Veritas Huloar
Red Spacer

Harvard College Library-Report of Nancy M. Cline

Conclusion

Print

In looking ahead, balancing legacy obligations with the future, especially a digital future, will always challenge HCL, as it is the oldest academic library in North America.

  • We will still build exceptional research collections.
  • We face the huge task of preservation of materials in all formats.
  • We will make more of our collections “findable” to users—through HOLLIS, OASIS, HGL, VIA. We share a concern with other large research libraries about our “hidden collections” (those special, rare, and unique collections that lack adequate bibliographic access).
  • We will continue to assess where and how we interact with users—looking into how we extend our capability to handle reference questions and to teach users to work with a growing array of specialized resources.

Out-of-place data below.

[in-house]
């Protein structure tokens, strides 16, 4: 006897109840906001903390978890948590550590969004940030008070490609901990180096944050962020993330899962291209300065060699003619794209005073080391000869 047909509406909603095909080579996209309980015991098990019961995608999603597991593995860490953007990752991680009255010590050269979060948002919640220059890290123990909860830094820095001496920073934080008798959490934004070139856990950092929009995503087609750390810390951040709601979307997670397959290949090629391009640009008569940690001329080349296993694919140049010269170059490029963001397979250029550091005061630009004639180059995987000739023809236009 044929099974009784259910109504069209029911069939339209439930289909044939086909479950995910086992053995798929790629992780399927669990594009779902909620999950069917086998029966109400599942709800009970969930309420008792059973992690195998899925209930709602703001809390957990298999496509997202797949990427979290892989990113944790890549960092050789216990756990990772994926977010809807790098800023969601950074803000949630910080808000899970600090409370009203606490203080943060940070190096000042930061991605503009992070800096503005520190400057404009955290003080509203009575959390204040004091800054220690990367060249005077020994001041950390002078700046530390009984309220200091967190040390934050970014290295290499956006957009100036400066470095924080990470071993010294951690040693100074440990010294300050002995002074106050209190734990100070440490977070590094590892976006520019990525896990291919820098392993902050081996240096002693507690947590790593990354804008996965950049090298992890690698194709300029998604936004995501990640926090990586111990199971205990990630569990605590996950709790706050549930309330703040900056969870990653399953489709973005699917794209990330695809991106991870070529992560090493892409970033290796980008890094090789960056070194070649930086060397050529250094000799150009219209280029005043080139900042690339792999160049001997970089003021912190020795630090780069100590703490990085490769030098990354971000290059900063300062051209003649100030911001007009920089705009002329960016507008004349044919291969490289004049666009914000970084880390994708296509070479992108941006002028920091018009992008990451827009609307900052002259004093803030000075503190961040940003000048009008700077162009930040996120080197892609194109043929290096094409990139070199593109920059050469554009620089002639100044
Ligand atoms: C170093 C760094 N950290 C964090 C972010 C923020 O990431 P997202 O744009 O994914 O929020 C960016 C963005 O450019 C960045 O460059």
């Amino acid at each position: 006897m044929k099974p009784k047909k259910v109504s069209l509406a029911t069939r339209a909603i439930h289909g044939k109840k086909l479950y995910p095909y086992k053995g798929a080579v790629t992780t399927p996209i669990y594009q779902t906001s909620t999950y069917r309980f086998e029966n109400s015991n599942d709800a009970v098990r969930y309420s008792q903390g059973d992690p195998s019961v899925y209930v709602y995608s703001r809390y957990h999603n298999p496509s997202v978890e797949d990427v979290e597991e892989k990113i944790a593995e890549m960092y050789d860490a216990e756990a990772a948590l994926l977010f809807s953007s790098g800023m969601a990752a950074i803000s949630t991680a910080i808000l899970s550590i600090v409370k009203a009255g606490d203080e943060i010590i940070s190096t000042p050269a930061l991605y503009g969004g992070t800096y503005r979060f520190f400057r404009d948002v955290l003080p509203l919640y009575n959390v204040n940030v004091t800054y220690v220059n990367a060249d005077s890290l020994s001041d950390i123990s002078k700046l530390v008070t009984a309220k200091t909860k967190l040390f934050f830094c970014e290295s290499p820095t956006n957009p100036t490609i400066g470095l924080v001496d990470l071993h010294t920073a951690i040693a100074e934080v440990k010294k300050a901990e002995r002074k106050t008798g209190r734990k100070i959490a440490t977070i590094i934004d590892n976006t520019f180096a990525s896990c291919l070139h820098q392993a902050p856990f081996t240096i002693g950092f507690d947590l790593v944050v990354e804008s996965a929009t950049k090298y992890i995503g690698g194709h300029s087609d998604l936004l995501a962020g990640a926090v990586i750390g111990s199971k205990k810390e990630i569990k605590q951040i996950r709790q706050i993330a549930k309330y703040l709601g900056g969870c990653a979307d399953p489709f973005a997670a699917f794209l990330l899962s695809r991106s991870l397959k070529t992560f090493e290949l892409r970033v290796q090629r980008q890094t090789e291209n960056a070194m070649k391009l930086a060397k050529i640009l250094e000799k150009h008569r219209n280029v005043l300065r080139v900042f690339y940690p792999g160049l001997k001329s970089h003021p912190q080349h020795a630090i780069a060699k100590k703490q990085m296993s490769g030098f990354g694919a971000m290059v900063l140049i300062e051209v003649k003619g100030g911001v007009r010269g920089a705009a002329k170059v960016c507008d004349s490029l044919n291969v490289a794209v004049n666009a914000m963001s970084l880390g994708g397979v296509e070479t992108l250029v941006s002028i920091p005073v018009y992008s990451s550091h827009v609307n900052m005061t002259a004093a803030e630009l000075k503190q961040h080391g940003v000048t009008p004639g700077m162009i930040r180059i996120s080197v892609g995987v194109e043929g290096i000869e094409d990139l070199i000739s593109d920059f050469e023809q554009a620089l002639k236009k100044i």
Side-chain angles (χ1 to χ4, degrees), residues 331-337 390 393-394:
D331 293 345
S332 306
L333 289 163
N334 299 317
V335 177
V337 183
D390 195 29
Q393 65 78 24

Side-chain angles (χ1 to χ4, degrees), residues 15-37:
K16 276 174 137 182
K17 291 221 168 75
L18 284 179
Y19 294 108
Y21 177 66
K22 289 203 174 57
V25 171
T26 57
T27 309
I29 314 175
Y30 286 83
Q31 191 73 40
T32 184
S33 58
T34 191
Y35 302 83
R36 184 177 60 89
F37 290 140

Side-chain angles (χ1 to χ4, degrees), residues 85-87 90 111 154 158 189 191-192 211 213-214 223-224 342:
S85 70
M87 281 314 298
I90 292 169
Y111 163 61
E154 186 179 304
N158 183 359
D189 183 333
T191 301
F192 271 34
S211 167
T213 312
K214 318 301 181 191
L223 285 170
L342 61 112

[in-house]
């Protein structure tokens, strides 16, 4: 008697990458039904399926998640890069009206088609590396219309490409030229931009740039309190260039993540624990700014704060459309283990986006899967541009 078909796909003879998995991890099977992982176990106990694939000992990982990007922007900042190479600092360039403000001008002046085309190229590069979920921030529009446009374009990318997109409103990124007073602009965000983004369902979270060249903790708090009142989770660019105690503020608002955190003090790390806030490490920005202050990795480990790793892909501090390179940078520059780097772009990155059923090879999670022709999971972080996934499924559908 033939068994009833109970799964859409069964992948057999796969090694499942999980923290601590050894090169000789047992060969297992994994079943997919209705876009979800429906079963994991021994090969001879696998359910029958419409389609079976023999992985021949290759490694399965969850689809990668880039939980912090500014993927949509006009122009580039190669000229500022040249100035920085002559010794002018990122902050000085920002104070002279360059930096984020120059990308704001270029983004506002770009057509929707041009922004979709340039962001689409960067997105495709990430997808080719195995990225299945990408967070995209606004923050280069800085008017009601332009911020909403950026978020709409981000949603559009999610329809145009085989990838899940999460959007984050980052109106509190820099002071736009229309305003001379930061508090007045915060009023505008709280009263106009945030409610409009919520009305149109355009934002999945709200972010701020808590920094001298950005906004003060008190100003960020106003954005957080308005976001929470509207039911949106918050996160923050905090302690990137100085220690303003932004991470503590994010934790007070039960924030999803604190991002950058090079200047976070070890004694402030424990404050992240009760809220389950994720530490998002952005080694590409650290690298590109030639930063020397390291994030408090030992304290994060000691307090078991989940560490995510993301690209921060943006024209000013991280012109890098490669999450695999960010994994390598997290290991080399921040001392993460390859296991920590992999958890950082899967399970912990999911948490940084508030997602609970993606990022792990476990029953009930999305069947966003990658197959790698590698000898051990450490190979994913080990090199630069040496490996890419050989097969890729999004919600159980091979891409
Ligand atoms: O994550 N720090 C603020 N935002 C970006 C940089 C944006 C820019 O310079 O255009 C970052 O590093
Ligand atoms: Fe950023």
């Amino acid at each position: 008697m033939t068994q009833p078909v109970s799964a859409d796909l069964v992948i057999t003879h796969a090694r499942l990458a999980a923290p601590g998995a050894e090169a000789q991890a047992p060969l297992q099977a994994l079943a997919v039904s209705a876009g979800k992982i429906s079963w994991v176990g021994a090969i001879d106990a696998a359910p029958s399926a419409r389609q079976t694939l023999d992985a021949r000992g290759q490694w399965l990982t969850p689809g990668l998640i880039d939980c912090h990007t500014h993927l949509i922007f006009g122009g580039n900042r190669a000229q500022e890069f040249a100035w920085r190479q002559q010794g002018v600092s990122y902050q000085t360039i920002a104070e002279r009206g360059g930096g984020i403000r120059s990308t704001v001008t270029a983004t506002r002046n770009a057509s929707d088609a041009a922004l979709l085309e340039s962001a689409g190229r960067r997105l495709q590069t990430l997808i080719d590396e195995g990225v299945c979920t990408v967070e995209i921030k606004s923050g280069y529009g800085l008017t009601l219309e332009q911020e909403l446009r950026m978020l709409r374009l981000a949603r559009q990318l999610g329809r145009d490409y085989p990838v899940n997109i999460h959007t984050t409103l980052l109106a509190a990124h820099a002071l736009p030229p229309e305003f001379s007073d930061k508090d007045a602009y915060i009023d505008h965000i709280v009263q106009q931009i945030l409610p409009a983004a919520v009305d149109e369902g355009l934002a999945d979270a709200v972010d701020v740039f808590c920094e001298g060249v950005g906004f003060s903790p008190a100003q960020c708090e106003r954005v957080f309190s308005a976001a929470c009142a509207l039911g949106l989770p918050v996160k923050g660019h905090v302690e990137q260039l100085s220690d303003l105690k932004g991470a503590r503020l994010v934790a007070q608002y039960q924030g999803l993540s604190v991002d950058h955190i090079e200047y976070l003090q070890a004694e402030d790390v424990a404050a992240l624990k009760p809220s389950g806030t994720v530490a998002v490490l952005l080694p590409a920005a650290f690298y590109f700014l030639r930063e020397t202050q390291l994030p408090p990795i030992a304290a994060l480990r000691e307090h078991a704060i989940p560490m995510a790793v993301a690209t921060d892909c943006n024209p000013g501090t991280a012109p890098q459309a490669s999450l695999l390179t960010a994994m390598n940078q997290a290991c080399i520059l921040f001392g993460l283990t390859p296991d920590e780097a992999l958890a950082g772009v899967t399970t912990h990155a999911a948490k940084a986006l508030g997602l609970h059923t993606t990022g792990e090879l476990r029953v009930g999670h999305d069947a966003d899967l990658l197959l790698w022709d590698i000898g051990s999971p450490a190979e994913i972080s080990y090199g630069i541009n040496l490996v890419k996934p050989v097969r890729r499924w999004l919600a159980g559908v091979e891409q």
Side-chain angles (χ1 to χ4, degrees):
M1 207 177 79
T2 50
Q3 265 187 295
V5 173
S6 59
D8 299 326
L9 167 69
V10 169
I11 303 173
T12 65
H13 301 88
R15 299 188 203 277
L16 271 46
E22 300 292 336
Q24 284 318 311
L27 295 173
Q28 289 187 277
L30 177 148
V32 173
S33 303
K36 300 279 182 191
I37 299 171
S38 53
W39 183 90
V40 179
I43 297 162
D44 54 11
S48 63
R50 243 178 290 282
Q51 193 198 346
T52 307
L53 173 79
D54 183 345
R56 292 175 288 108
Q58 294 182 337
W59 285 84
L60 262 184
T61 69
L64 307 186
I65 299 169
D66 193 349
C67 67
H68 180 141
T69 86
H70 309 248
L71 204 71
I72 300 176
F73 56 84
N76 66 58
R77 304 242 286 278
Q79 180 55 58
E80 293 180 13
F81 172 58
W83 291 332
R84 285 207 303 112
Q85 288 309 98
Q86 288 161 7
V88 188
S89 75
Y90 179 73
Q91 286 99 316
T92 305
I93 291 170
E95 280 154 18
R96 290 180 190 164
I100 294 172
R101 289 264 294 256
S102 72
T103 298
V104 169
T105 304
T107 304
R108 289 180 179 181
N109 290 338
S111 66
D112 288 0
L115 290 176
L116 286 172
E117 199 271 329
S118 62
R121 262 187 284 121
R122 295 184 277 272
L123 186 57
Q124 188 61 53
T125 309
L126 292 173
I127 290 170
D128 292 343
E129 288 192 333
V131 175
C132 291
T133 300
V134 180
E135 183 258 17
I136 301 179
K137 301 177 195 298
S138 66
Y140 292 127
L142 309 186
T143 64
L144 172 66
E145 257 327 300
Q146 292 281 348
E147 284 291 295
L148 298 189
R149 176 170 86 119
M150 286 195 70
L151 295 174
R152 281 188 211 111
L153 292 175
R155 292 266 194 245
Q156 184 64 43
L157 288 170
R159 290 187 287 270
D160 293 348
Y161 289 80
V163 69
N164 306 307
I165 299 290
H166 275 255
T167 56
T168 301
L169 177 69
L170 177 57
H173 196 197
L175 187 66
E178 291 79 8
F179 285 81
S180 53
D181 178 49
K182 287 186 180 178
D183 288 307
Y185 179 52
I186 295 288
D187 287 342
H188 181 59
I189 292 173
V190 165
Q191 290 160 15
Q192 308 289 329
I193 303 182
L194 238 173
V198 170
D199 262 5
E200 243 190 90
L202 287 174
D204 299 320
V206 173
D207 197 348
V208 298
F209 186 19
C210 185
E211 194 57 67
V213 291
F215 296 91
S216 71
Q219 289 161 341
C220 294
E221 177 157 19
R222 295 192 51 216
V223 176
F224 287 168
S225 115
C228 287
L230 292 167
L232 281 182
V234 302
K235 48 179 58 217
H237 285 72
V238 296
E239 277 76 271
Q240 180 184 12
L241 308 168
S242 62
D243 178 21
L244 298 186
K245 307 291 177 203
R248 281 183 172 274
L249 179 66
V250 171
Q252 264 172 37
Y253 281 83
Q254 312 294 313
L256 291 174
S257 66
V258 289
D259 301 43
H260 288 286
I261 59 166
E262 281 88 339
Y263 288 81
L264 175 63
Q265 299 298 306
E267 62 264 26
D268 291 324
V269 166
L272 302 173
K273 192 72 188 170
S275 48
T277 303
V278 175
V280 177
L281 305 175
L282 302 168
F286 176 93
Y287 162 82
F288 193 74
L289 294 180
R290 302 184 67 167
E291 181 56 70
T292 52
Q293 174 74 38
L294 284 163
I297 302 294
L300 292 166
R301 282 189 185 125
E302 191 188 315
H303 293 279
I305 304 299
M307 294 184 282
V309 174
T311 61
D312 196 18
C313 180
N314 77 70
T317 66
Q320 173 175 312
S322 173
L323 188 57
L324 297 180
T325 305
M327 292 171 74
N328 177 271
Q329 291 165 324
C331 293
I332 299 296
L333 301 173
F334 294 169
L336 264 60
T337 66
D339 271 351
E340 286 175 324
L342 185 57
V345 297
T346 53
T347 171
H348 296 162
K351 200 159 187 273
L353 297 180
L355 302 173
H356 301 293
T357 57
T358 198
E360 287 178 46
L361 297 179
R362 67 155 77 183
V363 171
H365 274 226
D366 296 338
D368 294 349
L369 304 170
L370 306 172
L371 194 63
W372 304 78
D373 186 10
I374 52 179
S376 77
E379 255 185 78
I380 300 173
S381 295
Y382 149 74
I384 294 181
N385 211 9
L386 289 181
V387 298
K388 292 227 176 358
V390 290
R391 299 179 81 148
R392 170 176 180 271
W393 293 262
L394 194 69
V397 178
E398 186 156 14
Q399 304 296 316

We do not know what teaching will be like in the future, or what libraries will be like in the future, but we know there will be teaching and learning and that libraries should be a part of that. We also know that each fall there will be new students, each year there will be new digital content and new technologies to master, each year there will be requests from faculty for something we could not have anticipated, and each year we will have hundreds of HCL staff who do superb work in multiple languages, using multiple online systems, communicating with countries around the world, ensuring strong collections, and making sure the students and faculty can use them successfully.